In a recent meta-analysis, Gulsah Kacmaz and Adam K. Dubé analyzed the findings from 26 studies on mathematical games to better understand the types of pedagogical approaches supported in mathematical games, the types of mathematical knowledge emphasized in these games, and the overall effectiveness of different varieties of games. The authors suggest the improvement of mathematical games may bolster performance in math while appealing to the interests of students. However, the abundance of choices and inability to separate effective and ineffective mathematical games has limited their utility.
The most common pedagogical approach in the studies reviewed was direct instruction (n = 10), followed by experiential learning (n = 7), discovery learning (n = 3), and constructivist learning (n = 3), leaving 3 studies unclassified. The strongest effects were noted for direct instruction (g = 0.51), followed by experiential learning (g = 0.46), discovery learning (g = 0.24), and constructivist learning (g = 0.21). All effects were significant (p < .001).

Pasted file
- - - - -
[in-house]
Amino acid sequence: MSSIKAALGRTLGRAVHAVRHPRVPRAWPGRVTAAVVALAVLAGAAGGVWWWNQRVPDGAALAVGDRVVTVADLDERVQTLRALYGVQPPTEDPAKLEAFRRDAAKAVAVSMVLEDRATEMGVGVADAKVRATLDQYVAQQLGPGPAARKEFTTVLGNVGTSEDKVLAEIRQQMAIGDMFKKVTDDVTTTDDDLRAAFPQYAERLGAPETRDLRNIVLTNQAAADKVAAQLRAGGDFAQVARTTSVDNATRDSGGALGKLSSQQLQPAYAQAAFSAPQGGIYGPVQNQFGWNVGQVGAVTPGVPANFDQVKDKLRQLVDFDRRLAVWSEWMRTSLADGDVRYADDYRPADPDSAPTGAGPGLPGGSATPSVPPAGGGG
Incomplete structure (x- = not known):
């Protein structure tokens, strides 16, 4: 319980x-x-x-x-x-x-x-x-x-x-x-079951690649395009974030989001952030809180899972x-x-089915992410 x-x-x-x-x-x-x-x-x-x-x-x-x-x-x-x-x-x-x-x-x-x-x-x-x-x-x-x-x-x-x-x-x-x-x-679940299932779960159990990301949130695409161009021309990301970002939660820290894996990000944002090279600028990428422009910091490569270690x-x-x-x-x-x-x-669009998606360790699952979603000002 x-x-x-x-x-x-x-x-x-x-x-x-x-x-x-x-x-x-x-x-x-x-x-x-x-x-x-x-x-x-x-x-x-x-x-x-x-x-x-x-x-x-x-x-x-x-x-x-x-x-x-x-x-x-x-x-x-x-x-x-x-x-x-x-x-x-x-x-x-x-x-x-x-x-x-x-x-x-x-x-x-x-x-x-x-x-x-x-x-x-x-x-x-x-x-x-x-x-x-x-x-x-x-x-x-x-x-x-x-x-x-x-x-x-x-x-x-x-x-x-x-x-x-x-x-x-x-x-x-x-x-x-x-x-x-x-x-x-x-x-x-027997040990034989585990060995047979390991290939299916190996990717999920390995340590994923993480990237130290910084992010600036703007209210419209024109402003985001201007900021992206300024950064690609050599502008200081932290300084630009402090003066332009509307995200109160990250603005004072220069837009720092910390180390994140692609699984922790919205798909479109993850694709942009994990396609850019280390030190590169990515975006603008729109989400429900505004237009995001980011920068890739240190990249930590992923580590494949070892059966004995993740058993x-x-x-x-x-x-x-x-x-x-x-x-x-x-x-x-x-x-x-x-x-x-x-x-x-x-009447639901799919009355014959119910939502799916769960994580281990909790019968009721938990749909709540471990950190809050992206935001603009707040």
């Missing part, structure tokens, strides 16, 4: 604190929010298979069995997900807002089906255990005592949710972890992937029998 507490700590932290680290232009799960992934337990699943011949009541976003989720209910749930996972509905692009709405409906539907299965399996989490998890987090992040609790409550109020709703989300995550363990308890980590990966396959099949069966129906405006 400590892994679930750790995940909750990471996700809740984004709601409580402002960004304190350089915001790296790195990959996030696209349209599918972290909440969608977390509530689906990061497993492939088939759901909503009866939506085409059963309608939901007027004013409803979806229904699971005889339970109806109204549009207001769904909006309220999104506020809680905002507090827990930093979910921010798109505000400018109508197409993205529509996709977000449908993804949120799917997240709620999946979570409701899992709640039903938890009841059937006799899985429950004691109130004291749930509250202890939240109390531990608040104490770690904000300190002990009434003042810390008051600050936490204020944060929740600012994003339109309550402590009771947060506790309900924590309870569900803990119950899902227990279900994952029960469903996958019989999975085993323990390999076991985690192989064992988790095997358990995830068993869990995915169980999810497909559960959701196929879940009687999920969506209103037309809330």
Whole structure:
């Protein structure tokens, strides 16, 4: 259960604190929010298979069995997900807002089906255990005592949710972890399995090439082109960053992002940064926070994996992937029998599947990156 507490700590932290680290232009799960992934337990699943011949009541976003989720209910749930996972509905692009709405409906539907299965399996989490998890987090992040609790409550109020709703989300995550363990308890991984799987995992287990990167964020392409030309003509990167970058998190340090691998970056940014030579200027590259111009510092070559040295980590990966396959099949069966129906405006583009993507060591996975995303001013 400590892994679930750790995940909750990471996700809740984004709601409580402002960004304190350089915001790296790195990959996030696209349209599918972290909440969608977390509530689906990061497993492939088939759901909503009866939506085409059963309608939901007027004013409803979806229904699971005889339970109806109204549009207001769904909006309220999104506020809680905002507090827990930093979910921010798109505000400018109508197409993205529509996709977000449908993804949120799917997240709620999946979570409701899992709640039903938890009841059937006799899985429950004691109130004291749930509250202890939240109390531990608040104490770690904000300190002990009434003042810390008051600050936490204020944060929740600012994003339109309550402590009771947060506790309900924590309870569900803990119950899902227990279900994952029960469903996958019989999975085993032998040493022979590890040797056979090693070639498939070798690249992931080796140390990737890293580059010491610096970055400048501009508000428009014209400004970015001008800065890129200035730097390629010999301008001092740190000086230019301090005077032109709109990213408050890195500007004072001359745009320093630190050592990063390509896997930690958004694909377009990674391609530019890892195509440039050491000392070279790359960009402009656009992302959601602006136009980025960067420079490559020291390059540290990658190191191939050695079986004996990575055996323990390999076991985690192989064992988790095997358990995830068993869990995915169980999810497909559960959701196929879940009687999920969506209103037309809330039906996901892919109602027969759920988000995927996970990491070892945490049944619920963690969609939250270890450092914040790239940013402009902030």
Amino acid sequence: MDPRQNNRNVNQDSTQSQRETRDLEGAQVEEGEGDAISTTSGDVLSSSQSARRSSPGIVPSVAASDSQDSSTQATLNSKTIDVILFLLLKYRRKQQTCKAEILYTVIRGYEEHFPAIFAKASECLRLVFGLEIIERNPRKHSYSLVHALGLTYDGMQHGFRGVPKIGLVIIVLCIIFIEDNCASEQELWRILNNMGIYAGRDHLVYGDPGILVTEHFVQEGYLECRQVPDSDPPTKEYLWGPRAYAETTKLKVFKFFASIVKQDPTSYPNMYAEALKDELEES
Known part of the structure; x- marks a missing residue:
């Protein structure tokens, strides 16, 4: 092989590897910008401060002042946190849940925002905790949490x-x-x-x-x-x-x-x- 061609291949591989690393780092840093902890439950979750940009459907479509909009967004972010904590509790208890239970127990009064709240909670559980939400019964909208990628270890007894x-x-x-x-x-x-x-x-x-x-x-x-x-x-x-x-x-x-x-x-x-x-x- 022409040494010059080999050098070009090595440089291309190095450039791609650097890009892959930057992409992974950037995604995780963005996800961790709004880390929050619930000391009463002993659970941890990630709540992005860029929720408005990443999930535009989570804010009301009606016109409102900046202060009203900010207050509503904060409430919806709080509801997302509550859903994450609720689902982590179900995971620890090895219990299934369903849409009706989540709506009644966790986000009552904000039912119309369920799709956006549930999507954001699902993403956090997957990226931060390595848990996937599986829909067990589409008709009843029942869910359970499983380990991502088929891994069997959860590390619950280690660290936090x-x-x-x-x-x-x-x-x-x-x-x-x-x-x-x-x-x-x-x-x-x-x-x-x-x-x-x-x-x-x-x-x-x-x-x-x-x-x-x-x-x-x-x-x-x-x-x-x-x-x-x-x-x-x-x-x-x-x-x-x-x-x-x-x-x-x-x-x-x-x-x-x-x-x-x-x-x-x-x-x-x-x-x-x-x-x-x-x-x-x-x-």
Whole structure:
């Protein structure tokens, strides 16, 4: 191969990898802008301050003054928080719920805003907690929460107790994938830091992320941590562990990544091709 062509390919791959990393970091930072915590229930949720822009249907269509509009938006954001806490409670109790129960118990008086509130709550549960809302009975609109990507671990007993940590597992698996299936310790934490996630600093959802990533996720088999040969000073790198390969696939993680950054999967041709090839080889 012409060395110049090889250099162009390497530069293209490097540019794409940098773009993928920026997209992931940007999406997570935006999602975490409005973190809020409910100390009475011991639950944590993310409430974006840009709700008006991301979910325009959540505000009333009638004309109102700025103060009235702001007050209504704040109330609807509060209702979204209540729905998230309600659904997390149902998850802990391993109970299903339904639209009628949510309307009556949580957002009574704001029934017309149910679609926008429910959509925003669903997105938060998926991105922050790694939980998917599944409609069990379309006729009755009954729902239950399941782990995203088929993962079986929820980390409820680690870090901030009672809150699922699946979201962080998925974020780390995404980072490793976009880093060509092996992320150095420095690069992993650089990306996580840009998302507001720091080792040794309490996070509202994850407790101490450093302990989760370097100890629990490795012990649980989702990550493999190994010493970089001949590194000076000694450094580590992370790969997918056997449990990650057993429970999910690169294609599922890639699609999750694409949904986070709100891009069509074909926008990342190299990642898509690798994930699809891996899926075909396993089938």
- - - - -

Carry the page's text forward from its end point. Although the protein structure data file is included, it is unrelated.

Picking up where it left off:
Many of the studies focused on more than one type of mathematical knowledge, with conceptual knowledge being the most popular (n = 19), followed by factual knowledge (n = 12), and procedural knowledge (n = 6). Of the studies focused on direction instruction, 5 focused on factual knowledge and showed a significant effect (g = 0.58, p < .001). The other studies focused on a combination of knowledge types but did not demonstrate significant effects. Of the studies focused on experiential learning, 4 focused on conceptual knowledge and showed a significant effect (g = 0.47, p = .011). Of the studies focused on discovery learning, 2 focused on a combination of procedural and conceptual knowledge and showed a significant effect (g = 0.36, p < .001). Finally, of the studies focused on constructivist learning, all 3 focused on conceptual knowledge and showed a significant effect (g = 0.21, p < .001).
Thus, games based upon a direct instructional approach demonstrate the strongest effects, but also are generally limited to a focus on factual knowledge. Games focused on other instructional approaches show smaller effects but may also be better suited for procedural and conceptual knowledge acquisition. More studies on the combination of different pedagogical approaches and mathematical knowledge types may be needed to further elucidate these effects.
Kacmaz, G., & Dubé, A. K. (2022). Examining pedagogical approaches and types of mathematics knowledge in educational games: A meta-analysis and critical review. Educational Research Review, 35, 100428. https://doi.org/10.1016/j.edurev.2021.100428